As a Linux user, you may frequently encounter situations where you need to redirect output to multiple destinations. For example, you may want to save a copy of your output to a file while also sending it to another command for further processing.
This can be a time-consuming and error-prone task if done manually. The tee command is a simple yet powerful tool that can help you achieve this.
The tee command reads input from standard input or a file and writes it to both standard output and one or more files simultaneously. This makes it a great tool for redirecting output to multiple destinations without having to manually copy and paste the data.
In this article, we'll go through how to use the tee command on Linux.
Using the Linux Tee Command
Using tee for Redirecting Output
The basic syntax of the tee command is as follows:
command | tee [options] [file ...]
In this syntax,
command is the command whose output you want to redirect, and
file is the name of the file or files you want to send the output to.
If you omit the file name, tee will write the output to standard output.
For example, the following command will list the contents of the current directory and save a copy of the output to a file named "dirlist.txt":
ls | tee dirlist.txt
You can also use tee to send output to multiple commands simultaneously.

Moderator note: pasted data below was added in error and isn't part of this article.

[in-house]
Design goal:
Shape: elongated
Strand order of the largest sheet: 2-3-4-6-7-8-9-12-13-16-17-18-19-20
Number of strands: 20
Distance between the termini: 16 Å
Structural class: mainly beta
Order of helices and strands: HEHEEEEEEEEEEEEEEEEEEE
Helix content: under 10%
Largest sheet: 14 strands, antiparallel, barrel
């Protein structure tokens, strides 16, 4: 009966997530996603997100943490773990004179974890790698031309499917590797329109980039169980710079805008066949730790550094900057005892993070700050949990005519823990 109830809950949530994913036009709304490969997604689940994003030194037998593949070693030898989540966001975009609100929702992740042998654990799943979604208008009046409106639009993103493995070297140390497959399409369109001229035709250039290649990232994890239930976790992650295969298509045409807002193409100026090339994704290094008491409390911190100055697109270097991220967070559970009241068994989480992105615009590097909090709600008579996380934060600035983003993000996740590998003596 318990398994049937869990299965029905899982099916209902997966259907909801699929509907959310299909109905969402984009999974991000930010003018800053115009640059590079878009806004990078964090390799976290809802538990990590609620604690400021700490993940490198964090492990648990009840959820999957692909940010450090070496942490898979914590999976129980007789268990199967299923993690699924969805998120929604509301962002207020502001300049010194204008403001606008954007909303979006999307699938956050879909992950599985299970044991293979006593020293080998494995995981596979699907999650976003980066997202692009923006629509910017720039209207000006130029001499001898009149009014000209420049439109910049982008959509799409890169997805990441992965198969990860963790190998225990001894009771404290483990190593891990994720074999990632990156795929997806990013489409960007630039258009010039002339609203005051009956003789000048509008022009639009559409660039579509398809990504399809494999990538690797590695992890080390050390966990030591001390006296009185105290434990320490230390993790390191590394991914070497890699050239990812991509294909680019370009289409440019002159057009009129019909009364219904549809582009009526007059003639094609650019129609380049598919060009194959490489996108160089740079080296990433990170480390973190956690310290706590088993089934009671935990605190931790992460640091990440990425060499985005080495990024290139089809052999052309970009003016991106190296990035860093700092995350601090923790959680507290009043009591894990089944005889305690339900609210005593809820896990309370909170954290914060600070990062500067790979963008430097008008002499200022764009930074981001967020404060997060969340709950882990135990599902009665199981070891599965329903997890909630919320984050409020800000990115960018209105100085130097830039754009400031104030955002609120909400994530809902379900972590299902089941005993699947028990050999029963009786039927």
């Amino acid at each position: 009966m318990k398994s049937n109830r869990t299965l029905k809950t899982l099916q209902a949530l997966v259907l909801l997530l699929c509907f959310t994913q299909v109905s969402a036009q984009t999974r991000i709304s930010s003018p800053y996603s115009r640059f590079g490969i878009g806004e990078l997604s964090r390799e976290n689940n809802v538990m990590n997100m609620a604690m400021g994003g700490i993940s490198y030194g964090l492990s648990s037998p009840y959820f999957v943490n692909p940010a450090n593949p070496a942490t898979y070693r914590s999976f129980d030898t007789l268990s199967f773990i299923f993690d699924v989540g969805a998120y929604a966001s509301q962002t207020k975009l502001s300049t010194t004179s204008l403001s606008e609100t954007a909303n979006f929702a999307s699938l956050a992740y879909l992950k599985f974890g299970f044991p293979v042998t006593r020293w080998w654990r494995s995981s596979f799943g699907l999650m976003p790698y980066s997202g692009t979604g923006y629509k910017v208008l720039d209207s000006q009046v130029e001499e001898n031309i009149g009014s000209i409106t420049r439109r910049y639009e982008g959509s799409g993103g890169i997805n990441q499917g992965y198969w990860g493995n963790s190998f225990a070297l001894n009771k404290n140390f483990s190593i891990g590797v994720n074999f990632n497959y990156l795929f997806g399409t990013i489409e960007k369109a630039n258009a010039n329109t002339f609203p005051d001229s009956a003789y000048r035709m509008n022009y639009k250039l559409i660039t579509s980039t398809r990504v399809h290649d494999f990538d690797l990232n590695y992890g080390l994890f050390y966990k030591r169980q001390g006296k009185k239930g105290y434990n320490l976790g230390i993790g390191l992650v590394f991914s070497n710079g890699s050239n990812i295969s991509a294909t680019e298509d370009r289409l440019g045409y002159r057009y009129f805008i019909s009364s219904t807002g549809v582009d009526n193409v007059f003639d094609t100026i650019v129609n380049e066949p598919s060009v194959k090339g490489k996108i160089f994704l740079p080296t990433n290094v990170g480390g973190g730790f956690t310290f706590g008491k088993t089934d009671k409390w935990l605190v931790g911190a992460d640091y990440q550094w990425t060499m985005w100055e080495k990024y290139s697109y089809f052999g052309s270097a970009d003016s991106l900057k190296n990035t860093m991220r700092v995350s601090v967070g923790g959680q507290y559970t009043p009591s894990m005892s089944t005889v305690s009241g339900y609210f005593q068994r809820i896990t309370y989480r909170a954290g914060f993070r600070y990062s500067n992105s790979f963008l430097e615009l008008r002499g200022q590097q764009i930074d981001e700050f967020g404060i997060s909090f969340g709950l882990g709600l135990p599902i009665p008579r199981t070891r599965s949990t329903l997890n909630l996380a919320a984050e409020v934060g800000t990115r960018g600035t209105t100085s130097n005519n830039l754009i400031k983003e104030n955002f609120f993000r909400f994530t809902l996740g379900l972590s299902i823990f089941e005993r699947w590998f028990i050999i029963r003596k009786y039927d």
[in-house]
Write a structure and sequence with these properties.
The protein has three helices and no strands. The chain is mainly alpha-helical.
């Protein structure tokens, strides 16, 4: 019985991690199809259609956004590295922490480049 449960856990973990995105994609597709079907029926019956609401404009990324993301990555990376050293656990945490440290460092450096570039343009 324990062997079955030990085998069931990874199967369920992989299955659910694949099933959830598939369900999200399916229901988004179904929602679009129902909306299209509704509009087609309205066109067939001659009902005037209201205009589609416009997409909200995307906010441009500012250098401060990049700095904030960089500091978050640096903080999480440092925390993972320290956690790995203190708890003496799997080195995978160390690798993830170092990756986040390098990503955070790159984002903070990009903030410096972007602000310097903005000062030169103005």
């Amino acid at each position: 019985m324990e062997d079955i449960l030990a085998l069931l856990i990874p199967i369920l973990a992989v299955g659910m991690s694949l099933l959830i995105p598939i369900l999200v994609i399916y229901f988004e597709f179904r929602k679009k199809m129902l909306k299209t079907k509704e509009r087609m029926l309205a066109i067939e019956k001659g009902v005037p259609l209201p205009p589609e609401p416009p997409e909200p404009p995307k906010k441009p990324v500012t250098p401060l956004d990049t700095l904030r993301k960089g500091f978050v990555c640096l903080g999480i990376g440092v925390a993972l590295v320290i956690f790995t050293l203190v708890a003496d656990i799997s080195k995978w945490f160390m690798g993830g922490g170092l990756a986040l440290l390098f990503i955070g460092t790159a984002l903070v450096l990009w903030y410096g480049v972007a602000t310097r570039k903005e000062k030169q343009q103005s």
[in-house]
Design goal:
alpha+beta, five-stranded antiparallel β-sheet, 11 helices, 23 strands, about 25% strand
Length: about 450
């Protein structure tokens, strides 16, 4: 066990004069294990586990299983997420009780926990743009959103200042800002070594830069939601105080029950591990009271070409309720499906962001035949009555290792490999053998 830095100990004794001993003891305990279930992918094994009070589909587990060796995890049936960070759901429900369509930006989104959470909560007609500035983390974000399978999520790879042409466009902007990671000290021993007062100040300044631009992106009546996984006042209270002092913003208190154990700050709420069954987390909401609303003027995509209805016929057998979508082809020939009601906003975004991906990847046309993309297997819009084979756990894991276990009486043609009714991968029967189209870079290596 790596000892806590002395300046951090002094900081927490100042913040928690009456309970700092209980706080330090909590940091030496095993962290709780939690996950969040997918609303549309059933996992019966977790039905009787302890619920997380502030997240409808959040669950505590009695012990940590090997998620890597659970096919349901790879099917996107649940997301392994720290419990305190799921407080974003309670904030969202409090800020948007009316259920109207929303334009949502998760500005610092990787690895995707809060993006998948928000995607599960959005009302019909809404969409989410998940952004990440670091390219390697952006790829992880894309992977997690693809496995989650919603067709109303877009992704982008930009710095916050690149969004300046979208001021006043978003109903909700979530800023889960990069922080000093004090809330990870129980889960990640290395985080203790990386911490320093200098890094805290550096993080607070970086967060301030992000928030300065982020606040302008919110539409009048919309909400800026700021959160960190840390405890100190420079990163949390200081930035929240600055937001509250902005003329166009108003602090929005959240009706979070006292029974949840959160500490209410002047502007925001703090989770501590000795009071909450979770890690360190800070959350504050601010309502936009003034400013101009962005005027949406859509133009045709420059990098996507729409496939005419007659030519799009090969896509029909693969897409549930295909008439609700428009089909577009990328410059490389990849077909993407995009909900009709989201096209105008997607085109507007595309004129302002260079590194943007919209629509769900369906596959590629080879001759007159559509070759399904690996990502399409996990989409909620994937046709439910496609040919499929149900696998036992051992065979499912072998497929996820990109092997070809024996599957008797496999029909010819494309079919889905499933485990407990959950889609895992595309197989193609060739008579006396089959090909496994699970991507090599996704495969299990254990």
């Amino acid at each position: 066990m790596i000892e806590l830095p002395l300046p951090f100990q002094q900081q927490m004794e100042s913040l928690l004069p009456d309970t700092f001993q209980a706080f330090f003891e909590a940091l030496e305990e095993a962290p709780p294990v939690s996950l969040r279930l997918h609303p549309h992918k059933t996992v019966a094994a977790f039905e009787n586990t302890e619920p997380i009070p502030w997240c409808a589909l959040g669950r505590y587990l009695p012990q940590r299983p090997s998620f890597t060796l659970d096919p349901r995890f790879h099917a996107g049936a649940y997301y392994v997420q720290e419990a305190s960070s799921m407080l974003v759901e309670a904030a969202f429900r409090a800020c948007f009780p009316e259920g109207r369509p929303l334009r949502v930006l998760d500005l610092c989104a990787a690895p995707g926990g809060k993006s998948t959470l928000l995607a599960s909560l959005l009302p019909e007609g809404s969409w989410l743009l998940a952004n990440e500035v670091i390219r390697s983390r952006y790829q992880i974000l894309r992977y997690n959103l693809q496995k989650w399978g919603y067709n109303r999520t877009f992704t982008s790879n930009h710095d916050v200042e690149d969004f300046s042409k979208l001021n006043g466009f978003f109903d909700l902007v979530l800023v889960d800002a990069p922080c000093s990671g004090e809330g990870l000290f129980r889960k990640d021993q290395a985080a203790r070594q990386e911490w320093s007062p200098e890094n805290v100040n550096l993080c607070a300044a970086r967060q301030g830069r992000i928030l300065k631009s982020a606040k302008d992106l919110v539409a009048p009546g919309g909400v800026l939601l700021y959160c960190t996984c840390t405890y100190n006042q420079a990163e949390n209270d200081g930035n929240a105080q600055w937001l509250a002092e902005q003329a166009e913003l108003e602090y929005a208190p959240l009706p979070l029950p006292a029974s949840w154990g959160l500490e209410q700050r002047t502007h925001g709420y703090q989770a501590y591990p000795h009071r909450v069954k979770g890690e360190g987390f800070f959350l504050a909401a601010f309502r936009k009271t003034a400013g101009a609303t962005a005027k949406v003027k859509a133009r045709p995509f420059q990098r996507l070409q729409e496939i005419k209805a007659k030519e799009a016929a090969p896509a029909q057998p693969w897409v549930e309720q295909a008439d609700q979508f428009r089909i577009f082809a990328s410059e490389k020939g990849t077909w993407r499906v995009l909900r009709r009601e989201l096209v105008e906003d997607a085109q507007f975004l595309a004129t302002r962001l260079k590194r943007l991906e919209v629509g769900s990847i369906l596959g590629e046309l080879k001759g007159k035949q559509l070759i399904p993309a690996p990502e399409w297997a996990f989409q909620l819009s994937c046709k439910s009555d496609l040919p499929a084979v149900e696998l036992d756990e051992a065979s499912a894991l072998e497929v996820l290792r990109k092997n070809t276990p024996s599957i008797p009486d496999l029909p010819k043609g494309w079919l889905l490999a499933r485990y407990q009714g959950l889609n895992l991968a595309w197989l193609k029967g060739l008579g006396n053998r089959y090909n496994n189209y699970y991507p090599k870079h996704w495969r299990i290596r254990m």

The following command will list the contents of the current directory and send the output to both the
ls | tee >(grep "file") >(sort)
In this command, the
> symbol before each command specifies that tee should send the output to that command.
Using tee with Options
The tee command also supports several options that can modify its behavior. For example, you can use the
-a option to append the output to an existing file instead of overwriting it:
ls | tee -a dirlist.txt
You can also use the
-i option to ignore the interrupt signal (SIGINT) and continue running even if you press Ctrl+C:
ls | tee -i dirlist.txt
The Linux tee command is a useful tool that can simplify the process of redirecting output to multiple destinations. Whether you need to save a copy of your output to a file, send it to another command, or both, tee can help you achieve this with ease.
I hope this article has provided you with a solid understanding of how to use the tee command on Linux. Happy output redirecting!